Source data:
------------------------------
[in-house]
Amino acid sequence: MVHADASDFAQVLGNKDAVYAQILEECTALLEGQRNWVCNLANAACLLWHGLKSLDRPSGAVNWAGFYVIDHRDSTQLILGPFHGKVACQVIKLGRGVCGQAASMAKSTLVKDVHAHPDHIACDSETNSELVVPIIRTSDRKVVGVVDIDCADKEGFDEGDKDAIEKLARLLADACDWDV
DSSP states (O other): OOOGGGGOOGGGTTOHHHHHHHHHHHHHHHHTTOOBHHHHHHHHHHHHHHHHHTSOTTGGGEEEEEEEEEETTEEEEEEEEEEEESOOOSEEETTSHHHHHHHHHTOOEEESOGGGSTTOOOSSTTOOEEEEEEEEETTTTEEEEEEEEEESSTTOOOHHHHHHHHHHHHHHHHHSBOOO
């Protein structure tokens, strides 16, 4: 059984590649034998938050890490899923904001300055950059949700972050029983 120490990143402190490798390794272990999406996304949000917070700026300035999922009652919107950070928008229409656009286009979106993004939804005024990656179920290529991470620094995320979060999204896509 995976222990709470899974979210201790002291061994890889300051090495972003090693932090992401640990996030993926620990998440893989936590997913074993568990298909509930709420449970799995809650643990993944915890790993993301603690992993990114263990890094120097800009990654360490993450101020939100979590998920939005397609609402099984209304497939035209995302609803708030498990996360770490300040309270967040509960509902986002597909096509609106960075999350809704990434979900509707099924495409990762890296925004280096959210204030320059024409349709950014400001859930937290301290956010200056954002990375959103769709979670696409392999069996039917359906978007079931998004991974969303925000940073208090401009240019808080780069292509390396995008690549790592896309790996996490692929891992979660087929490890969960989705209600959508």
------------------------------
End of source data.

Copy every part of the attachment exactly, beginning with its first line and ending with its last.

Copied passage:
[in-house]
Amino acid sequence: MVHADASDFAQVLGNKDAVYAQILEECTALLEGQRNWVCNLANAACLLWHGLKSLDRPSGAVNWAGFYVIDHRDSTQLILGPFHGKVACQVIKLGRGVCGQAASMAKSTLVKDVHAHPDHIACDSETNSELVVPIIRTSDRKVVGVVDIDCADKEGFDEGDKDAIEKLARLLADACDWDV
DSSP states (O other): OOOGGGGOOGGGTTOHHHHHHHHHHHHHHHHTTOOBHHHHHHHHHHHHHHHHHTSOTTGGGEEEEEEEEEETTEEEEEEEEEEEESOOOSEEETTSHHHHHHHHHTOOEEESOGGGSTTOOOSSTTOOEEEEEEEEETTTTEEEEEEEEEESSTTOOOHHHHHHHHHHHHHHHHHSBOOO
């Protein structure tokens, strides 16, 4: 059984590649034998938050890490899923904001300055950059949700972050029983 120490990143402190490798390794272990999406996304949000917070700026300035999922009652919107950070928008229409656009286009979106993004939804005024990656179920290529991470620094995320979060999204896509 995976222990709470899974979210201790002291061994890889300051090495972003090693932090992401640990996030993926620990998440893989936590997913074993568990298909509930709420449970799995809650643990993944915890790993993301603690992993990114263990890094120097800009990654360490993450101020939100979590998920939005397609609402099984209304497939035209995302609803708030498990996360770490300040309270967040509960509902986002597909096509609106960075999350809704990434979900509707099924495409990762890296925004280096959210204030320059024409349709950014400001859930937290301290956010200056954002990375959103769709979670696409392999069996039917359906978007079931998004991974969303925000940073208090401009240019808080780069292509390396995008690549790592896309790996996490692929891992979660087929490890969960989705209600959508």